Just because you 'don't recognize' what has been offered to answer your question, that doesn't mean that the question wasn't answered. Seems to me that you don't want to accept anything that contradicts your preconceived ideas.
You apparently are also judging Napoleon's relationship with all of the Confederation states by his relationship with Westphalia. Westphalia was a Napoleonic creation, as was Berg, but the major states of the Confederation that joined Napoleon in 1805 by choice so as not to be ingested by either Austria or Prussia, were not Napoleonic creations. They were already established independent states with their own ruling houses.
Owen Connelly, in his book Historical Dictionary of Napoleonic France, 1799-1815, describes Westphalia as a 'model state' citing that its constitution, given to it by Napoleon 'proclaimed equality before the law, equality of religions, the dissolution of guilds and similar associations, the abrogation of noble privilege, the abolition of serfdom' and the adoption of the Code Civile. Napoleon's object was to transform the different older German states into a 'modern state' which would be new in Germany, hence my use of the term 'experiment. (pages 506-507 of Connelly's previously mentioned book).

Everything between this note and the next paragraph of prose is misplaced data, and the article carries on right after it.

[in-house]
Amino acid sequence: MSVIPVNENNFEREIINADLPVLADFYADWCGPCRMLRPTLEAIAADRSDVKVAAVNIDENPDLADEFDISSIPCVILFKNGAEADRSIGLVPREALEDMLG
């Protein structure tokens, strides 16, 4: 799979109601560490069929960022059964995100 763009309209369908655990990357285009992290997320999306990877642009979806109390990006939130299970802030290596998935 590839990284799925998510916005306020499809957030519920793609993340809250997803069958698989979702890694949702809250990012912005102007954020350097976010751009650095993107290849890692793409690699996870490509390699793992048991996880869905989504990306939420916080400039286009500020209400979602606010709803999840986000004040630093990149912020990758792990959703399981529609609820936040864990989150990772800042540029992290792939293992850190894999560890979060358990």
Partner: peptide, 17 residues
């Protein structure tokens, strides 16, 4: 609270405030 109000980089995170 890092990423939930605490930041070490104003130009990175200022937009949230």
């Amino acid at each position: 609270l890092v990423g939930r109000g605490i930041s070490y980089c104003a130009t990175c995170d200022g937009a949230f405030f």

It should be noted that when the United States was given its Constitutioin in 1787-1789, it was termed the 'noble experiment' as a new type of state 'a republic if you can keep it' in Benjamin Franklin's words. Westphalia was also an experiment for states in Germany. That the Westphalian experiment failed is not to say that it wasn't an excellent effort and idea. And the ideas generally survived the dissolution of Westphalia in 1813-1814. Connelly also states that 'In many respects' Westphalia 'served the Prussian reformers as an example; many of its modern institutions were copied by other states of the Confederation of the Rhine and some of the successor states...allowed reform legislation of the royal Westphalian era to remain in effect.' And this included, surprisingly, Prussia.